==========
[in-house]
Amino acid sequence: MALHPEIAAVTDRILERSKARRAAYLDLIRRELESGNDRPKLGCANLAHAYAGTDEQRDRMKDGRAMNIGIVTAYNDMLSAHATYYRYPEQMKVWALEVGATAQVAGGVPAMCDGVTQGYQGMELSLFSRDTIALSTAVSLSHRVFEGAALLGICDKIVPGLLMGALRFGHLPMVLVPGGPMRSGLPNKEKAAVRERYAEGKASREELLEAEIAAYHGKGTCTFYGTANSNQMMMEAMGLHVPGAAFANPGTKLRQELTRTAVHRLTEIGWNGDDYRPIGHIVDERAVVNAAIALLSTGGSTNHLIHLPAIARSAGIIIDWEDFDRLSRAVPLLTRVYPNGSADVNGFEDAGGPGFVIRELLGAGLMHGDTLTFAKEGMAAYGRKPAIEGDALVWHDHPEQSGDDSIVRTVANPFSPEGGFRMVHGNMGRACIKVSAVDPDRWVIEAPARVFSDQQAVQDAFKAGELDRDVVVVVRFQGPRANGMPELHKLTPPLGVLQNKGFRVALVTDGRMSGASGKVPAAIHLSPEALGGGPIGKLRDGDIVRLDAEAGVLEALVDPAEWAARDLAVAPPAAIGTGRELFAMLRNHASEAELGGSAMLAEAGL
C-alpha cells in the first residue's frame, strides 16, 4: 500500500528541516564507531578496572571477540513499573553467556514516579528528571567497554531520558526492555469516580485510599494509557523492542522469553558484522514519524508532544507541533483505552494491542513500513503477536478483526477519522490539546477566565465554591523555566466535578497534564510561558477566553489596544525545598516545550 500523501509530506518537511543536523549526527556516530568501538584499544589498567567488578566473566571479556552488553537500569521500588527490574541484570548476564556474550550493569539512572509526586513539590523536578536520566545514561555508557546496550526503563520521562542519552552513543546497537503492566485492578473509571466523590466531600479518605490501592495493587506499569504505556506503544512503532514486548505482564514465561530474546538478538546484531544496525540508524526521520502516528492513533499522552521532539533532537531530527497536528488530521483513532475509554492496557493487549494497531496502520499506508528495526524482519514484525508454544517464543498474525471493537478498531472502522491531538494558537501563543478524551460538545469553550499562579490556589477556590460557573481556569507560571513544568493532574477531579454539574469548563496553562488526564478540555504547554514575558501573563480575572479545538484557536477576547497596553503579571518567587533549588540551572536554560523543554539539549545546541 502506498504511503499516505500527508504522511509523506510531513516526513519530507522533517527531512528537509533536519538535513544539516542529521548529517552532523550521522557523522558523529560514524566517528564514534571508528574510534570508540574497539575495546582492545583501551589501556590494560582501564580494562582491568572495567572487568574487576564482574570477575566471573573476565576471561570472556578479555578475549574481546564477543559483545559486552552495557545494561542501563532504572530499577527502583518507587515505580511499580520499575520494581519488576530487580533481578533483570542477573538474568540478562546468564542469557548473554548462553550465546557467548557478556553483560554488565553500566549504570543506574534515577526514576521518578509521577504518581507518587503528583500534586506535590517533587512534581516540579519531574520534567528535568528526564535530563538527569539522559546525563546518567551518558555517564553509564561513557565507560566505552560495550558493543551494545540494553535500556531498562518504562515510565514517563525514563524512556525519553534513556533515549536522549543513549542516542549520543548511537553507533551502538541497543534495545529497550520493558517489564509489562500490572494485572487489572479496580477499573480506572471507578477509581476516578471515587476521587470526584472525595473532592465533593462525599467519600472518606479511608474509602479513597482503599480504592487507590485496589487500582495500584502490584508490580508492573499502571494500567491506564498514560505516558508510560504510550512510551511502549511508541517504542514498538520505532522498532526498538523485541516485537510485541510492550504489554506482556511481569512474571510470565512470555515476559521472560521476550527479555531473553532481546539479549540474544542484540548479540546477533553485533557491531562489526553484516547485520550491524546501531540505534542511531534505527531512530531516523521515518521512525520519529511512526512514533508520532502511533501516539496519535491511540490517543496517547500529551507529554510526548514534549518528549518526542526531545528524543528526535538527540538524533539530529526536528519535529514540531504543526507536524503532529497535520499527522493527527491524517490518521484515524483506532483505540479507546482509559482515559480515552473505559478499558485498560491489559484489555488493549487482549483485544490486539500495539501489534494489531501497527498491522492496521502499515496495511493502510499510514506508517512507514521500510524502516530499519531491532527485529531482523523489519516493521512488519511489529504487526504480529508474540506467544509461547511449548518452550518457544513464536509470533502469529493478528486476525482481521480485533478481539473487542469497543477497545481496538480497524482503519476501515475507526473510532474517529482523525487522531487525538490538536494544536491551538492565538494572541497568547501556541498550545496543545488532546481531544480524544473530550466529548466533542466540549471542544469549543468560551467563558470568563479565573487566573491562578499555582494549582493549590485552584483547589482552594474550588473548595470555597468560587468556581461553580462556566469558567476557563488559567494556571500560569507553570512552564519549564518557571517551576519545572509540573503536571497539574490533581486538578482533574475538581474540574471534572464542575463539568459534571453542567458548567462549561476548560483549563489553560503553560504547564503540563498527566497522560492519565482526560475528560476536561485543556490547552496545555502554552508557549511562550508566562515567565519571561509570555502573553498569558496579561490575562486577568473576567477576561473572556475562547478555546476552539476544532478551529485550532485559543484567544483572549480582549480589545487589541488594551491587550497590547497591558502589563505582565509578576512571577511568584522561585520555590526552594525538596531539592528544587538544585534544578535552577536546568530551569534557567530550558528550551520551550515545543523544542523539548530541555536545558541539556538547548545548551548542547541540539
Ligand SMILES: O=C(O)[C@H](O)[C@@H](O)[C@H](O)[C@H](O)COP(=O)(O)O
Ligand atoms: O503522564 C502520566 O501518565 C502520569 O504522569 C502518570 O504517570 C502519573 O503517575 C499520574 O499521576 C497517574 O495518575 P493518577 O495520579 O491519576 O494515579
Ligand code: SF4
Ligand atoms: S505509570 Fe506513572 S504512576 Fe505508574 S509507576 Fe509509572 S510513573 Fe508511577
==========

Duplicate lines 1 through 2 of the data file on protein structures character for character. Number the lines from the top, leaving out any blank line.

[in-house]
Amino acid sequence: MALHPEIAAVTDRILERSKARRAAYLDLIRRELESGNDRPKLGCANLAHAYAGTDEQRDRMKDGRAMNIGIVTAYNDMLSAHATYYRYPEQMKVWALEVGATAQVAGGVPAMCDGVTQGYQGMELSLFSRDTIALSTAVSLSHRVFEGAALLGICDKIVPGLLMGALRFGHLPMVLVPGGPMRSGLPNKEKAAVRERYAEGKASREELLEAEIAAYHGKGTCTFYGTANSNQMMMEAMGLHVPGAAFANPGTKLRQELTRTAVHRLTEIGWNGDDYRPIGHIVDERAVVNAAIALLSTGGSTNHLIHLPAIARSAGIIIDWEDFDRLSRAVPLLTRVYPNGSADVNGFEDAGGPGFVIRELLGAGLMHGDTLTFAKEGMAAYGRKPAIEGDALVWHDHPEQSGDDSIVRTVANPFSPEGGFRMVHGNMGRACIKVSAVDPDRWVIEAPARVFSDQQAVQDAFKAGELDRDVVVVVRFQGPRANGMPELHKLTPPLGVLQNKGFRVALVTDGRMSGASGKVPAAIHLSPEALGGGPIGKLRDGDIVRLDAEAGVLEALVDPAEWAARDLAVAPPAAIGTGRELFAMLRNHASEAELGGSAMLAEAGL